Ahead Of Disney Immersives Big U.S. Debut, A New Entertainment Sector Prepares To Take Off


Ahead Of Disney Immersives Big U.S. Debut, A New Entertainment Sector Prepares To Take Off

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Ahead Of Disney Immersives Big U.S. Debut, A New Entertainment Sector Prepares To Take Off

The business of live entertainment is taking a big step forward this week, starting in Cleveland with the Cleveland Immersive Experience featuring 100 years of Disney Animation's iconic cartoons: Snow White to Encanto and its creators . with them

After debuting in Toronto late last month, Disney and partner Lighthouse Immersive recently announced that the experience will expand to Cleveland and eight other cities — Las Vegas, Boston, Minneapolis, Detroit, Denver, Nashville, Columbus and San Antonio — through March. 30. will be presented. . And in the coming months, businesses will open in many other US cities.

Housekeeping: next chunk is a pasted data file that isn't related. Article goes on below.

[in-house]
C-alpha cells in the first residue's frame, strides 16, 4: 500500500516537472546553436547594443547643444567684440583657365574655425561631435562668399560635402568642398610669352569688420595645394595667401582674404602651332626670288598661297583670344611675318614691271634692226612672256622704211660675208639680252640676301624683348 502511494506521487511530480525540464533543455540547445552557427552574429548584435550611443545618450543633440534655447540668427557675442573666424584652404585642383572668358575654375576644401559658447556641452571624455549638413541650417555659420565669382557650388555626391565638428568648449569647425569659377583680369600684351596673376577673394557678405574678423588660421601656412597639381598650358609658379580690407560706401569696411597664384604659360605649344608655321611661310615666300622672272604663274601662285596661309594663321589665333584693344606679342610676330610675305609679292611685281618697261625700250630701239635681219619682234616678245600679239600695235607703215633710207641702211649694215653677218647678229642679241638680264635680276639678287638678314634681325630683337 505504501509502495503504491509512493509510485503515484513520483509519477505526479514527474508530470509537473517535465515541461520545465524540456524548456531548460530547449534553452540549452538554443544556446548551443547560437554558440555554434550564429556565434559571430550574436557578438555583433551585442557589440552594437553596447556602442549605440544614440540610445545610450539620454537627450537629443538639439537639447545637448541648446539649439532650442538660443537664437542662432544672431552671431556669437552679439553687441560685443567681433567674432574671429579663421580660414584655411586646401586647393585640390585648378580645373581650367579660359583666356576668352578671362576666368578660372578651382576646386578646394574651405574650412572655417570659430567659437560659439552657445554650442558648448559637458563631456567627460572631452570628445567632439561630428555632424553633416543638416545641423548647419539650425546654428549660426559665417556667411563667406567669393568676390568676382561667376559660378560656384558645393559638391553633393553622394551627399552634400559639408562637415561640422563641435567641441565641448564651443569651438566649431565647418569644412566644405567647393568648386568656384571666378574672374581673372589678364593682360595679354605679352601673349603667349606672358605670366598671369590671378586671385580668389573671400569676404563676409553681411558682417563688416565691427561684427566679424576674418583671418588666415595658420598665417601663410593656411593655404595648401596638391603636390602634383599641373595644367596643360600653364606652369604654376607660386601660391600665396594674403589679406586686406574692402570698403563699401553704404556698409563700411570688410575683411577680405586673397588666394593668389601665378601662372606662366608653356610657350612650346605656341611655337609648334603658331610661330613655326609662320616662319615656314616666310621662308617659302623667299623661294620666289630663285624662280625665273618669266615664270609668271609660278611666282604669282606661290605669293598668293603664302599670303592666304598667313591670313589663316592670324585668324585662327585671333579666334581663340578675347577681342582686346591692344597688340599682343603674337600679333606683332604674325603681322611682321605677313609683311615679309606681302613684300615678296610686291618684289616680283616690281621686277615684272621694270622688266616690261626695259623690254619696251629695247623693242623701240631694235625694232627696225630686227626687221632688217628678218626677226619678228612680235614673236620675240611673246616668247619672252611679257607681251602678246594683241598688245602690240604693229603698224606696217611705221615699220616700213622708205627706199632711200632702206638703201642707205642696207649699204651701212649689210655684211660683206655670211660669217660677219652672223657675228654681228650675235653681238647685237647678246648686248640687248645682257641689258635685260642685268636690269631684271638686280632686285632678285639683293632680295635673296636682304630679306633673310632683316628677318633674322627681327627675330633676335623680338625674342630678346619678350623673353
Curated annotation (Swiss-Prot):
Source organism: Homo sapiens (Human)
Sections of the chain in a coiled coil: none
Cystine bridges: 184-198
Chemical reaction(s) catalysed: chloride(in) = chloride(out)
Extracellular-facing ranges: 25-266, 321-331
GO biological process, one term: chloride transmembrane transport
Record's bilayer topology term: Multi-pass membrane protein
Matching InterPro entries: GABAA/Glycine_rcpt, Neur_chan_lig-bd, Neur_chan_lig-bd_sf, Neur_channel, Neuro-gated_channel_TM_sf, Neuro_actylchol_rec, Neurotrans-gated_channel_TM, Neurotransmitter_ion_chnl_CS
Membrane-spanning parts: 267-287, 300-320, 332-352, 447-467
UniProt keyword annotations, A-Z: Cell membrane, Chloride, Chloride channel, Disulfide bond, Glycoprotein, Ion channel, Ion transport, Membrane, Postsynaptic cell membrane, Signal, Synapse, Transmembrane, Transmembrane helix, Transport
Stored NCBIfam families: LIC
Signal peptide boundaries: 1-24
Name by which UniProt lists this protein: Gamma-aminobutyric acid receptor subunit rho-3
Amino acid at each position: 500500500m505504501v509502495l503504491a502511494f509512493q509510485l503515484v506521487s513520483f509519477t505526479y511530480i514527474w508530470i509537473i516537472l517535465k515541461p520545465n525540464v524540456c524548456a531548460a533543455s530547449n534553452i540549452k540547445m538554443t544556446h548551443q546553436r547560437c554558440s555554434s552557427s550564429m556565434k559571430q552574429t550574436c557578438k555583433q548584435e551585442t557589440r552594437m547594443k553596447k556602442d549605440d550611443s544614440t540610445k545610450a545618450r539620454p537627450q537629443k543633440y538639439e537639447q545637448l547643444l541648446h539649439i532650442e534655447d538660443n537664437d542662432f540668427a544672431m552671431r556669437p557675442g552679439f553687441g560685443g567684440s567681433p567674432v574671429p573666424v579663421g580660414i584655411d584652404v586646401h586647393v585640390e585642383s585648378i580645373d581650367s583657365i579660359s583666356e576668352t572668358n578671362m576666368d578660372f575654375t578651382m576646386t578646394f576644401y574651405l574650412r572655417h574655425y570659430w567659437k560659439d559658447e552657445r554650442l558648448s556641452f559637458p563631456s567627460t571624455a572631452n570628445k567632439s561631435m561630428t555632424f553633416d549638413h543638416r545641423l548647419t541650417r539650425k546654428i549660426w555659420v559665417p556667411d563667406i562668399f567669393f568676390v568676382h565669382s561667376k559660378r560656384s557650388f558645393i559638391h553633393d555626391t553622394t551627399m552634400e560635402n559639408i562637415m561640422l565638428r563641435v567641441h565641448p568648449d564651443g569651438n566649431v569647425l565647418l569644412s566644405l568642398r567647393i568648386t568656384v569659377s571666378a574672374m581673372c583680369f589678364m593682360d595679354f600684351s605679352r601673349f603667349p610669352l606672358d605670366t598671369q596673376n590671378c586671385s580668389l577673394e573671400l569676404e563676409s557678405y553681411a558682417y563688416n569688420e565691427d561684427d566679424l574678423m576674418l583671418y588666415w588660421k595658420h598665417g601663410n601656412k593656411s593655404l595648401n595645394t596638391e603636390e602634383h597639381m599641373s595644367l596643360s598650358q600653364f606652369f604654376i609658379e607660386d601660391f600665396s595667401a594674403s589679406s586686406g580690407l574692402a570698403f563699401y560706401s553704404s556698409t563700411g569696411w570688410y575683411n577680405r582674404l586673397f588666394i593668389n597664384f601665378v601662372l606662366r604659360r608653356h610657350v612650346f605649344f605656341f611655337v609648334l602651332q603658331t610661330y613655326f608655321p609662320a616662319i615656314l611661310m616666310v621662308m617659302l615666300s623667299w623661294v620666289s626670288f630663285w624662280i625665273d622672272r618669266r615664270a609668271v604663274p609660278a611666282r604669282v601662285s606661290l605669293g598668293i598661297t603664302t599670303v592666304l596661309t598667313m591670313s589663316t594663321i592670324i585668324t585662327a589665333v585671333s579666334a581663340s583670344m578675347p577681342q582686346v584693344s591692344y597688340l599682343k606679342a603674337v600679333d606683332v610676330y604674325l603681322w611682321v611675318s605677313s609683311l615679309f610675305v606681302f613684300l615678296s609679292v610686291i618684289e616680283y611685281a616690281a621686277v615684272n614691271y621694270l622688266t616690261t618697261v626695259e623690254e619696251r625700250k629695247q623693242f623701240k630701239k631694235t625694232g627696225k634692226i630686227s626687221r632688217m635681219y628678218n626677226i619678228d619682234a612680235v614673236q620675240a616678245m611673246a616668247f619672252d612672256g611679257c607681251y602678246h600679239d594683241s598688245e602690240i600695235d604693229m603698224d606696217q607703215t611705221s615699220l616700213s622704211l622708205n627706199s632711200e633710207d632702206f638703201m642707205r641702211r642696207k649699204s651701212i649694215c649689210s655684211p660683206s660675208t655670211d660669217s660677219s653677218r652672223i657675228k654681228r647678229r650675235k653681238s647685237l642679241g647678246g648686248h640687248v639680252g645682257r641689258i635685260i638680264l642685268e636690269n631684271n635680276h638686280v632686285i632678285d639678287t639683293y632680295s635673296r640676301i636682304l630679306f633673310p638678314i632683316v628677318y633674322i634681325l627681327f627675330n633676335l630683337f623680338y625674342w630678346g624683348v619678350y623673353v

"Like many of us, I have always had a love for Disney movies," Lighthouse Immersive founder Corey Ross said in a press release. Seeing these films come to life at the world premiere of Disney Animation: An Immersive Experience at Lighthouse ArtSpace Toronto is so nostalgic. I grew up with these characters and this world, and so did my family. Our team has created something truly special here, and we can't wait to give American audiences a chance to experience it."

The announcement of Disney Immersive is a strong endorsement of the potential of live immersive experiences, which have become popular as a viable alternative to other forms of public entertainment that have been isolated during the pandemic.